Saturday AM Review: Interstellar

Interstellar, like most of Christopher Nolan’s projects, has been shrouded in mystery. The trailer offers a glimpse at a plot but mostly flashes the huge cast. I am a big fan of Nolan and his brother, but Interstellar continues to fall into the standard Nolan traps. The film has both its ups and downs. 

I am going to try “describe” Interstellar without divulging spoilers (side note: only understood about 70% of the plot anyways). In the future, Earth is a large dust cloud and the population is dying along with all crops. Cooper (Matthew McConaughey) is a farmer but used to be a pilot/engineer, and he shares a close emotional/intellectual bond with his daughter, Murph. The two come across a drone, which leads them to a secret NASA headquarters. Michael Caine and Anne Hathaway are NASA scientists that recruit Cooper to go into space and find a habitable planet. 

There are so many plot holes within Interstellar. However, the cast, acting, and visual effects are mesmerizing and out of this world (get it!) Interstellar was actually originally developed for Steven Spielberg partnering with writer Jonah Nolan. There is actually an article online that distinguishes all of the changes made; Spielberg’s vision had a whole alien subplot. One of the changes included was making the character of Murph a girl instead of a boy. As much as I love Nolan, he has a big problem writing for women and creating three dimensional female characters. Murph has an emotional arc and character transformation, but I still felt she relied too much on her male counterparts and lacked independence. In the end, the character was strictly a climatic device. The first hour of the movie was quite boring but really kicked in after that, and I was drawn in.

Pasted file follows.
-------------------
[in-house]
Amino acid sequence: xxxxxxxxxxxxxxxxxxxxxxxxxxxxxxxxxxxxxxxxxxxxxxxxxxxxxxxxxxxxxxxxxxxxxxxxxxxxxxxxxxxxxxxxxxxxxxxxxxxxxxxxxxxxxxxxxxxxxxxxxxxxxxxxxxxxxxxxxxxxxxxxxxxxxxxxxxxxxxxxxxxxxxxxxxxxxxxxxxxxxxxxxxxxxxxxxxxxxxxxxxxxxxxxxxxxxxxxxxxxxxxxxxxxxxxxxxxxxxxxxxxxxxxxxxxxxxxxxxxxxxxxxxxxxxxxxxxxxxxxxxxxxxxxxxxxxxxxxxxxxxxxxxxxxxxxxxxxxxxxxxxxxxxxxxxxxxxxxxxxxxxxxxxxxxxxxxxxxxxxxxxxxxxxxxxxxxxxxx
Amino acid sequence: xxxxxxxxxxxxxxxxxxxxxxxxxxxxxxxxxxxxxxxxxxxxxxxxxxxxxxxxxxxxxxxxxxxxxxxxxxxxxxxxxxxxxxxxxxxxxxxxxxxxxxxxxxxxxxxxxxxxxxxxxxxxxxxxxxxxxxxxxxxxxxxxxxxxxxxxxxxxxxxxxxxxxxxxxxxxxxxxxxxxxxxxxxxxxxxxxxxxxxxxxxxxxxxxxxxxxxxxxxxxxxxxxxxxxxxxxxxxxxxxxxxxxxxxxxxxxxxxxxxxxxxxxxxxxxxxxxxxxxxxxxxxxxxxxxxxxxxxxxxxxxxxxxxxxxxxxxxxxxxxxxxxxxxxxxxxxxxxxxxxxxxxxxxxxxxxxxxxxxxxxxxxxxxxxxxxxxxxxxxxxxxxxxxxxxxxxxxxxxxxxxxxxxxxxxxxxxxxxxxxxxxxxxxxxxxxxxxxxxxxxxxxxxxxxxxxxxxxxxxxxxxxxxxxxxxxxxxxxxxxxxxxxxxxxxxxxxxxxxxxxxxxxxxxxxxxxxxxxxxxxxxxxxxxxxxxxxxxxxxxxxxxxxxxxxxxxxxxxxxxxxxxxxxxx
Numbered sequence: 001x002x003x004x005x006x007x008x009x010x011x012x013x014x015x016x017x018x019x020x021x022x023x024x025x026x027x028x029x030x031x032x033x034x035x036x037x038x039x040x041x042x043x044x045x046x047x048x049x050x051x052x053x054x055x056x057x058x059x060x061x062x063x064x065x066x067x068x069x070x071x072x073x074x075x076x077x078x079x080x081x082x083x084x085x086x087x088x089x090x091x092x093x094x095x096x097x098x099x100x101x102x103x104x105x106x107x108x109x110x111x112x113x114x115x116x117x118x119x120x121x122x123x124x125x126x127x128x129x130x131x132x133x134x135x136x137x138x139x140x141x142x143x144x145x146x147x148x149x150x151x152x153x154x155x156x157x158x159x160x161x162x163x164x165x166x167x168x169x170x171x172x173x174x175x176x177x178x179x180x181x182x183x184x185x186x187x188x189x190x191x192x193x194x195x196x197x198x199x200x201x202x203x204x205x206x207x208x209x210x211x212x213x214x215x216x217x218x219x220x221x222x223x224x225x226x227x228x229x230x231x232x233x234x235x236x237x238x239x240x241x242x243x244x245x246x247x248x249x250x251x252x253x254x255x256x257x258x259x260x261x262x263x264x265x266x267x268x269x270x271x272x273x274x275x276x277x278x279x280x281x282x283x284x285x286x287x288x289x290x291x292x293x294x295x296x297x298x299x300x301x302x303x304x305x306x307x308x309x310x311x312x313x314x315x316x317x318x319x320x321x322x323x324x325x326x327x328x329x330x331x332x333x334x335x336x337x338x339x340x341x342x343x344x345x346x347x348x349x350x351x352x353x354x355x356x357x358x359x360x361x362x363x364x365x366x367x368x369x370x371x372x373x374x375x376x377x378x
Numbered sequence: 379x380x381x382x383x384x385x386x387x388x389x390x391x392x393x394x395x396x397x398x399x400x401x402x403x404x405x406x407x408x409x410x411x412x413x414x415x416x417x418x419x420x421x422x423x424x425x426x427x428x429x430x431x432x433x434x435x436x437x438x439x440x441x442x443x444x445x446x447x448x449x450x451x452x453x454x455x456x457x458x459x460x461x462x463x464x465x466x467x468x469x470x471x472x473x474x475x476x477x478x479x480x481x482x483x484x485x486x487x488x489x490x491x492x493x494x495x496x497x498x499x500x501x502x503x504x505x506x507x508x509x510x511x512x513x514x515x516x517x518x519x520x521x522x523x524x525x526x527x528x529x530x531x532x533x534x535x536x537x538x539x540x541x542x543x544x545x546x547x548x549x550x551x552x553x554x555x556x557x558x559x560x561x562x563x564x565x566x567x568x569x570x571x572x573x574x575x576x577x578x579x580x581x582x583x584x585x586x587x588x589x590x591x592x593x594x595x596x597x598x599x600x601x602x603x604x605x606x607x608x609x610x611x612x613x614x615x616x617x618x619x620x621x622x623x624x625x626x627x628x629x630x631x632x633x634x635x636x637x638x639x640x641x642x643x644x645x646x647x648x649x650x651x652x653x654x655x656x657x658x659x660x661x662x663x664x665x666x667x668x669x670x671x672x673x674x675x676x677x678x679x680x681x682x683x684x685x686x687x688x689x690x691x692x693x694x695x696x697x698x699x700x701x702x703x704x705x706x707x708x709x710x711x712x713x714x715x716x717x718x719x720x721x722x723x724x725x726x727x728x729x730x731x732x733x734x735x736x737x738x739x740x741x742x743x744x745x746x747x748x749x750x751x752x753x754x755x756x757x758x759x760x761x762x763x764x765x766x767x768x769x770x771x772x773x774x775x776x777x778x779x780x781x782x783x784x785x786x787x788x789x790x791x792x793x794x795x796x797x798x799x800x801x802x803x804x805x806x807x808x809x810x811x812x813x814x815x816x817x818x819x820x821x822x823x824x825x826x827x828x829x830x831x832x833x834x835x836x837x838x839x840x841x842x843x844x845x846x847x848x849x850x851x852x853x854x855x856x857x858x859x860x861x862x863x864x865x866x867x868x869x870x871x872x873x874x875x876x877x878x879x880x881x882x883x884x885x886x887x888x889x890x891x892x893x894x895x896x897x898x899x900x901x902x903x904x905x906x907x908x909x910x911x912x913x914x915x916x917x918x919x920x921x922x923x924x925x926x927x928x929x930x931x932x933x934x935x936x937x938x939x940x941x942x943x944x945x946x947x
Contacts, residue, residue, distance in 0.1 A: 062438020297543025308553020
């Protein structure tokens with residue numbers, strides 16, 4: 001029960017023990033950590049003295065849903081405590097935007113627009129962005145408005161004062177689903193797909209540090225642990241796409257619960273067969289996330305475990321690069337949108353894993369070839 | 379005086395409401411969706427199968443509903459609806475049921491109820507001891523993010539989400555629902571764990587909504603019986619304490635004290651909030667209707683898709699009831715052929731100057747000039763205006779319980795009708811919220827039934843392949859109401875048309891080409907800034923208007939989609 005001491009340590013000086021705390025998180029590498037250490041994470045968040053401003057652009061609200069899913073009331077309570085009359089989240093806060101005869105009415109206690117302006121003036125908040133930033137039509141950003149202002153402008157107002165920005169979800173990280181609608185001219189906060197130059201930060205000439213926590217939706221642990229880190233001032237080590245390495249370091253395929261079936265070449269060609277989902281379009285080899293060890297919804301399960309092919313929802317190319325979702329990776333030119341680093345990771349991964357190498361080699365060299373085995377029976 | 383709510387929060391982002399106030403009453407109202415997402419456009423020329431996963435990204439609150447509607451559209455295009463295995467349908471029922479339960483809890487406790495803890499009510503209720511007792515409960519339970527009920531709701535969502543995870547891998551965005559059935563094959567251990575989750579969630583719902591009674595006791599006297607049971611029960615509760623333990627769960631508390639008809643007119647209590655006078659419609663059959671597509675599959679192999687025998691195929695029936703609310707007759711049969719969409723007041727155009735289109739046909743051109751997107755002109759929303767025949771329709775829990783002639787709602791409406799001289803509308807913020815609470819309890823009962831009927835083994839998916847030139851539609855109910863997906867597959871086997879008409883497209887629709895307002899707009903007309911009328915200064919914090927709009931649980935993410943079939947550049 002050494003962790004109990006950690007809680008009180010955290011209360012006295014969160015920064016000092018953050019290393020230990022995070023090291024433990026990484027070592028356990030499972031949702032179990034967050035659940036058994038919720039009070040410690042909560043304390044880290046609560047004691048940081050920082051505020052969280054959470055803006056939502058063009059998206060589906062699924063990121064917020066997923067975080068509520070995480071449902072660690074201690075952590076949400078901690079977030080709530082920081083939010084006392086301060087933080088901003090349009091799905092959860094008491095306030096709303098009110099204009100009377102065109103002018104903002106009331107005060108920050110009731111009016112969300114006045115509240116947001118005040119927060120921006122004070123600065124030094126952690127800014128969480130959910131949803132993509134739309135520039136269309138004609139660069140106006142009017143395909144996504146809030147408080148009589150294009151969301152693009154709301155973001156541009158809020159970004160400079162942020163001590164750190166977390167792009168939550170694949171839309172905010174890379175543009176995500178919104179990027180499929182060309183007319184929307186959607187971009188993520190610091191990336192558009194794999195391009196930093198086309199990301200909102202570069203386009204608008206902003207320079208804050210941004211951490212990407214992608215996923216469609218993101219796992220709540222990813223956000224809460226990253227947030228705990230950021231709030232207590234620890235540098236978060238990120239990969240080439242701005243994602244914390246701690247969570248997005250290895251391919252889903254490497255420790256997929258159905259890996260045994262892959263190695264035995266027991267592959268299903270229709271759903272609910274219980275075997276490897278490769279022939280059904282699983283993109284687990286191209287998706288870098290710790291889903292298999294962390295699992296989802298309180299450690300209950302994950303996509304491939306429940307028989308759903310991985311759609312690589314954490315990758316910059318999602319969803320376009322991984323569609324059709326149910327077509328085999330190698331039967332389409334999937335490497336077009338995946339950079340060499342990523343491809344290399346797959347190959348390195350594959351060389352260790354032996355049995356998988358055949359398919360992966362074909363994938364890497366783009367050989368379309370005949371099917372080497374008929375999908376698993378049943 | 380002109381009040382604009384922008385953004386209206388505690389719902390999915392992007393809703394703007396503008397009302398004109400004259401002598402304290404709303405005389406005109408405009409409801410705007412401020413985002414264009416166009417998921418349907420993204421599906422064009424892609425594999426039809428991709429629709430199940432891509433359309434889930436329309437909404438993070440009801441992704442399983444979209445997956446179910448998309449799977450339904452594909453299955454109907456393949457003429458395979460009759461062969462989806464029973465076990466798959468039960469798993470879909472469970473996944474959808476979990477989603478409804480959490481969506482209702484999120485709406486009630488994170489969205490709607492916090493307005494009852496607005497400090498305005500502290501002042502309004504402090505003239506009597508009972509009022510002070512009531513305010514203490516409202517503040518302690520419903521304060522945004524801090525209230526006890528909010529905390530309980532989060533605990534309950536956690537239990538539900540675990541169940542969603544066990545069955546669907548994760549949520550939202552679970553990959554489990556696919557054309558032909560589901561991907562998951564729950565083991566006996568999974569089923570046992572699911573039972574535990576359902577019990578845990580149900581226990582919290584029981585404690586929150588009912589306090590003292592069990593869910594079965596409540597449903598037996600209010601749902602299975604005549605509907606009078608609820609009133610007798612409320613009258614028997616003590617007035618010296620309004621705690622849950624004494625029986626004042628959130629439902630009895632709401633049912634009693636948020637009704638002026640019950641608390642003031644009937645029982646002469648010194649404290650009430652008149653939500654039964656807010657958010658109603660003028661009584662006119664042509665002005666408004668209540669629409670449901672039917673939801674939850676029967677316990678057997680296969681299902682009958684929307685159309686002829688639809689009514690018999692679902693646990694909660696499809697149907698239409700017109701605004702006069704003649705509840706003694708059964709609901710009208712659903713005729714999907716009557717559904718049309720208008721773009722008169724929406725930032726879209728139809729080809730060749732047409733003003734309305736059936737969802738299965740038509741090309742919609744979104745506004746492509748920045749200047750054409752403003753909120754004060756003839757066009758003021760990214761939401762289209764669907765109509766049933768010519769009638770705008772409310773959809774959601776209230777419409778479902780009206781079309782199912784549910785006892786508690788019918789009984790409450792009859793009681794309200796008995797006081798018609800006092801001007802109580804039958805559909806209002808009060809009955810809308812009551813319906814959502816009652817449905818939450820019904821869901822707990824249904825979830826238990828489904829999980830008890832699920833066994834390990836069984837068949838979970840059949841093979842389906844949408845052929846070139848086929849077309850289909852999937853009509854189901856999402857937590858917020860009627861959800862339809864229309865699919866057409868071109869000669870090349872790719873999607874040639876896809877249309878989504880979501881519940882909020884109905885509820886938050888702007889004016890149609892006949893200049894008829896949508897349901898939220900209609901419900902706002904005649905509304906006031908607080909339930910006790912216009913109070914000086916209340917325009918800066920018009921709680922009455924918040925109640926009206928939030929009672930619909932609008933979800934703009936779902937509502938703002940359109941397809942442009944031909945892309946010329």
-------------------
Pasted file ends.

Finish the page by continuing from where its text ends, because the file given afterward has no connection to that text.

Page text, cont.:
The look of the galaxy and other planets is extraordinary. The visual effects were created with the help of physicists and are extremely accurate, relating to wormholes and relativity. Also, my favorite element/character was the military robots. They moved so coolly and were fascinating. They are like giant robot Tetris blocks. I want one! Missed opportunity though to not have them feature famous/recognizable voices. I’m not sure if this is a spoiler or secret—yet it was publicized before production and cleverly not included in marketing. Matt Damon has a role (bigger than a cameo but small) and plays an integral role. He was so good, surprising, and played quite a different role from previous films. 

Despite its faults, Interstellar is visually powerful and seems to be important within the science world. The robot alone (with a truly amazing design) is worth the price of admission. That said, Christopher Nolan has created another epic film that looks and sounds amazing with some incredible action sequences. Jessica Chastain conveys an emotional roller coaster with few words; her performance is stunning, subtle, and memorable.

I don’t think Earth will turn out as suggested…but if it does Matthew McConaughey has my vote to help save us. I would have been surprised by his performance if not for Dallas Buyer’s Club last year. Is it weird I was missing Morgan Freeman and wanted him to pop up for one scene? By the way, some unexpected actors do pop up for a scene or two: Casey Affleck, Topher Grace, Ellen Burstyn, and John Lithgow. 

I did enjoy Interstellar but there were too many missteps to overlook. The same night I saw my favorite movie of the year and one of the best I have ever seen….BIRDMAN. I would recommend seeing Birdman over any movie in theatres now or the near future. Birdman is an epic indie that does have a slight comic book tie in. Check out both movies but prioritize! 

By Kasey Michael--a lover of all things entertainment. Born and bred in North Carolina, she can usually be found in front of a screen.